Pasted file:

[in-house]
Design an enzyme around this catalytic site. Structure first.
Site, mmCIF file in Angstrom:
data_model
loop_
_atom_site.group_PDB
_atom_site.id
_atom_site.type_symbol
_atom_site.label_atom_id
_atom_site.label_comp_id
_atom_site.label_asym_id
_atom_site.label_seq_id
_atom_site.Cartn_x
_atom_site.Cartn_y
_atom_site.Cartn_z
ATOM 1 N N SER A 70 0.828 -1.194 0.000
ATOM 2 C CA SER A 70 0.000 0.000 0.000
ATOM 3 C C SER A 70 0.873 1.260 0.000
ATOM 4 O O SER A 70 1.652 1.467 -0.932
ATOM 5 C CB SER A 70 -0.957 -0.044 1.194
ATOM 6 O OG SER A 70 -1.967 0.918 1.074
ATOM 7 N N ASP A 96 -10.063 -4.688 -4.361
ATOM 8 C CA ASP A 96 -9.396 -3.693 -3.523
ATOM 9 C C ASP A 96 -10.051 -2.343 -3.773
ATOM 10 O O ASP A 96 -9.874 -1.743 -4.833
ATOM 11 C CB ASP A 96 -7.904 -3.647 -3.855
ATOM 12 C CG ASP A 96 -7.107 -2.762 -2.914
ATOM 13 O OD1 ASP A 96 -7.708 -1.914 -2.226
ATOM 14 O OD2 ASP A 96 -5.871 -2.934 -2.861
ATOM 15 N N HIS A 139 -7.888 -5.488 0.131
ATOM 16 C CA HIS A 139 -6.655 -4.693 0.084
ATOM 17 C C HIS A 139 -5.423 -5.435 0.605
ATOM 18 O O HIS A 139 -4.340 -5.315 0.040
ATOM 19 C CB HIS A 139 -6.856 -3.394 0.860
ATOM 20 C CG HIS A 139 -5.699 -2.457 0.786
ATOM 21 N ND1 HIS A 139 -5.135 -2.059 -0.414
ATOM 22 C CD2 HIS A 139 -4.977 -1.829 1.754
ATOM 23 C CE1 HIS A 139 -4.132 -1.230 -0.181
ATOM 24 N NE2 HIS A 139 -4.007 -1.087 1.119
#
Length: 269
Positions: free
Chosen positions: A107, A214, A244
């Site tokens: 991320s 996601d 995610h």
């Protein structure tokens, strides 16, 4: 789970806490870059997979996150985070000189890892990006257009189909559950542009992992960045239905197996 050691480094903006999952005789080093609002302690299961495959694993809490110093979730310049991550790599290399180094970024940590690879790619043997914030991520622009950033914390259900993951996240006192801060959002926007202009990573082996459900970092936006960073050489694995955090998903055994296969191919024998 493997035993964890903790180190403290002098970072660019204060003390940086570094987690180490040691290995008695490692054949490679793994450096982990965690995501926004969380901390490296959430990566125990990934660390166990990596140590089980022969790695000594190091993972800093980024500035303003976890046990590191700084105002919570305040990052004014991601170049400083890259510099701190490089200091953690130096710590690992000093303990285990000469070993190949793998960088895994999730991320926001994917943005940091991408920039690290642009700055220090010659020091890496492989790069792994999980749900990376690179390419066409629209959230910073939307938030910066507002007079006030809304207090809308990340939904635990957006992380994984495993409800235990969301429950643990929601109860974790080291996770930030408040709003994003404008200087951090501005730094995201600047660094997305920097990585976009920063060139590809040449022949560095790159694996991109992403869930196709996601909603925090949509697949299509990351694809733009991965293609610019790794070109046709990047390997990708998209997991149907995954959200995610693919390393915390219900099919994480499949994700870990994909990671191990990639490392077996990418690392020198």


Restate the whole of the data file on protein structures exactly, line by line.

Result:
[in-house]
Design an enzyme around this catalytic site. Structure first.
Site, mmCIF file in Angstrom:
data_model
loop_
_atom_site.group_PDB
_atom_site.id
_atom_site.type_symbol
_atom_site.label_atom_id
_atom_site.label_comp_id
_atom_site.label_asym_id
_atom_site.label_seq_id
_atom_site.Cartn_x
_atom_site.Cartn_y
_atom_site.Cartn_z
ATOM 1 N N SER A 70 0.828 -1.194 0.000
ATOM 2 C CA SER A 70 0.000 0.000 0.000
ATOM 3 C C SER A 70 0.873 1.260 0.000
ATOM 4 O O SER A 70 1.652 1.467 -0.932
ATOM 5 C CB SER A 70 -0.957 -0.044 1.194
ATOM 6 O OG SER A 70 -1.967 0.918 1.074
ATOM 7 N N ASP A 96 -10.063 -4.688 -4.361
ATOM 8 C CA ASP A 96 -9.396 -3.693 -3.523
ATOM 9 C C ASP A 96 -10.051 -2.343 -3.773
ATOM 10 O O ASP A 96 -9.874 -1.743 -4.833
ATOM 11 C CB ASP A 96 -7.904 -3.647 -3.855
ATOM 12 C CG ASP A 96 -7.107 -2.762 -2.914
ATOM 13 O OD1 ASP A 96 -7.708 -1.914 -2.226
ATOM 14 O OD2 ASP A 96 -5.871 -2.934 -2.861
ATOM 15 N N HIS A 139 -7.888 -5.488 0.131
ATOM 16 C CA HIS A 139 -6.655 -4.693 0.084
ATOM 17 C C HIS A 139 -5.423 -5.435 0.605
ATOM 18 O O HIS A 139 -4.340 -5.315 0.040
ATOM 19 C CB HIS A 139 -6.856 -3.394 0.860
ATOM 20 C CG HIS A 139 -5.699 -2.457 0.786
ATOM 21 N ND1 HIS A 139 -5.135 -2.059 -0.414
ATOM 22 C CD2 HIS A 139 -4.977 -1.829 1.754
ATOM 23 C CE1 HIS A 139 -4.132 -1.230 -0.181
ATOM 24 N NE2 HIS A 139 -4.007 -1.087 1.119
#
Length: 269
Positions: free
Chosen positions: A107, A214, A244
């Site tokens: 991320s 996601d 995610h």
């Protein structure tokens, strides 16, 4: 789970806490870059997979996150985070000189890892990006257009189909559950542009992992960045239905197996 050691480094903006999952005789080093609002302690299961495959694993809490110093979730310049991550790599290399180094970024940590690879790619043997914030991520622009950033914390259900993951996240006192801060959002926007202009990573082996459900970092936006960073050489694995955090998903055994296969191919024998 493997035993964890903790180190403290002098970072660019204060003390940086570094987690180490040691290995008695490692054949490679793994450096982990965690995501926004969380901390490296959430990566125990990934660390166990990596140590089980022969790695000594190091993972800093980024500035303003976890046990590191700084105002919570305040990052004014991601170049400083890259510099701190490089200091953690130096710590690992000093303990285990000469070993190949793998960088895994999730991320926001994917943005940091991408920039690290642009700055220090010659020091890496492989790069792994999980749900990376690179390419066409629209959230910073939307938030910066507002007079006030809304207090809308990340939904635990957006992380994984495993409800235990969301429950643990929601109860974790080291996770930030408040709003994003404008200087951090501005730094995201600047660094997305920097990585976009920063060139590809040449022949560095790159694996991109992403869930196709996601909603925090949509697949299509990351694809733009991965293609610019790794070109046709990047390997990708998209997991149907995954959200995610693919390393915390219900099919994480499949994700870990994909990671191990990639490392077996990418690392020198």